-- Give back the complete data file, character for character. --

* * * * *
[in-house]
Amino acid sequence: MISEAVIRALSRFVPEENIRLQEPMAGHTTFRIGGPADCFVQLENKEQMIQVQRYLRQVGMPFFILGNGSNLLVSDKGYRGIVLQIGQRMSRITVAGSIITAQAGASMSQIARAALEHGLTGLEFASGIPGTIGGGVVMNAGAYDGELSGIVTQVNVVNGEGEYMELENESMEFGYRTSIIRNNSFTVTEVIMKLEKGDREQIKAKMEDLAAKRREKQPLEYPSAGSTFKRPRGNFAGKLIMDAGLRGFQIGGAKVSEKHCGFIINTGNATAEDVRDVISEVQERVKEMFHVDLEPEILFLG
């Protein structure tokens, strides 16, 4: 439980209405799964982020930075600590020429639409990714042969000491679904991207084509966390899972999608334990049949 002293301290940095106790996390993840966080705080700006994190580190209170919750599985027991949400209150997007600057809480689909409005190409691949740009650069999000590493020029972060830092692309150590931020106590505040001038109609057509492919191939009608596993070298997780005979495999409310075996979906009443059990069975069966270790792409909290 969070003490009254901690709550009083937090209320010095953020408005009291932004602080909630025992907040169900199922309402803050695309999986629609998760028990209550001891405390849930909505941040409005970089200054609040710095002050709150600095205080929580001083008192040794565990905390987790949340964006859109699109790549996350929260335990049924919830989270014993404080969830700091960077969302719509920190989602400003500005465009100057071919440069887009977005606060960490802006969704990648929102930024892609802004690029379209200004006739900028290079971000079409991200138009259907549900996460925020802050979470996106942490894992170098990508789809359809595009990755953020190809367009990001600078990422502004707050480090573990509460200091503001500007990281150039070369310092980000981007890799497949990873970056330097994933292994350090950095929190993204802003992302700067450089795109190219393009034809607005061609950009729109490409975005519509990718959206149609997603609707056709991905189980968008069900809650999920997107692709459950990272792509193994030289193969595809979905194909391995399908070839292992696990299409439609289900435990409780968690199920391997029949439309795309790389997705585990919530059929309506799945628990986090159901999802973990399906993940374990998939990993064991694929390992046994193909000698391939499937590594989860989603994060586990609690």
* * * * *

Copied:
[in-house]
Amino acid sequence: MISEAVIRALSRFVPEENIRLQEPMAGHTTFRIGGPADCFVQLENKEQMIQVQRYLRQVGMPFFILGNGSNLLVSDKGYRGIVLQIGQRMSRITVAGSIITAQAGASMSQIARAALEHGLTGLEFASGIPGTIGGGVVMNAGAYDGELSGIVTQVNVVNGEGEYMELENESMEFGYRTSIIRNNSFTVTEVIMKLEKGDREQIKAKMEDLAAKRREKQPLEYPSAGSTFKRPRGNFAGKLIMDAGLRGFQIGGAKVSEKHCGFIINTGNATAEDVRDVISEVQERVKEMFHVDLEPEILFLG
């Protein structure tokens, strides 16, 4: 439980209405799964982020930075600590020429639409990714042969000491679904991207084509966390899972999608334990049949 002293301290940095106790996390993840966080705080700006994190580190209170919750599985027991949400209150997007600057809480689909409005190409691949740009650069999000590493020029972060830092692309150590931020106590505040001038109609057509492919191939009608596993070298997780005979495999409310075996979906009443059990069975069966270790792409909290 969070003490009254901690709550009083937090209320010095953020408005009291932004602080909630025992907040169900199922309402803050695309999986629609998760028990209550001891405390849930909505941040409005970089200054609040710095002050709150600095205080929580001083008192040794565990905390987790949340964006859109699109790549996350929260335990049924919830989270014993404080969830700091960077969302719509920190989602400003500005465009100057071919440069887009977005606060960490802006969704990648929102930024892609802004690029379209200004006739900028290079971000079409991200138009259907549900996460925020802050979470996106942490894992170098990508789809359809595009990755953020190809367009990001600078990422502004707050480090573990509460200091503001500007990281150039070369310092980000981007890799497949990873970056330097994933292994350090950095929190993204802003992302700067450089795109190219393009034809607005061609950009729109490409975005519509990718959206149609997603609707056709991905189980968008069900809650999920997107692709459950990272792509193994030289193969595809979905194909391995399908070839292992696990299409439609289900435990409780968690199920391997029949439309795309790389997705585990919530059929309506799945628990986090159901999802973990399906993940374990998939990993064991694929390992046994193909000698391939499937590594989860989603994060586990609690």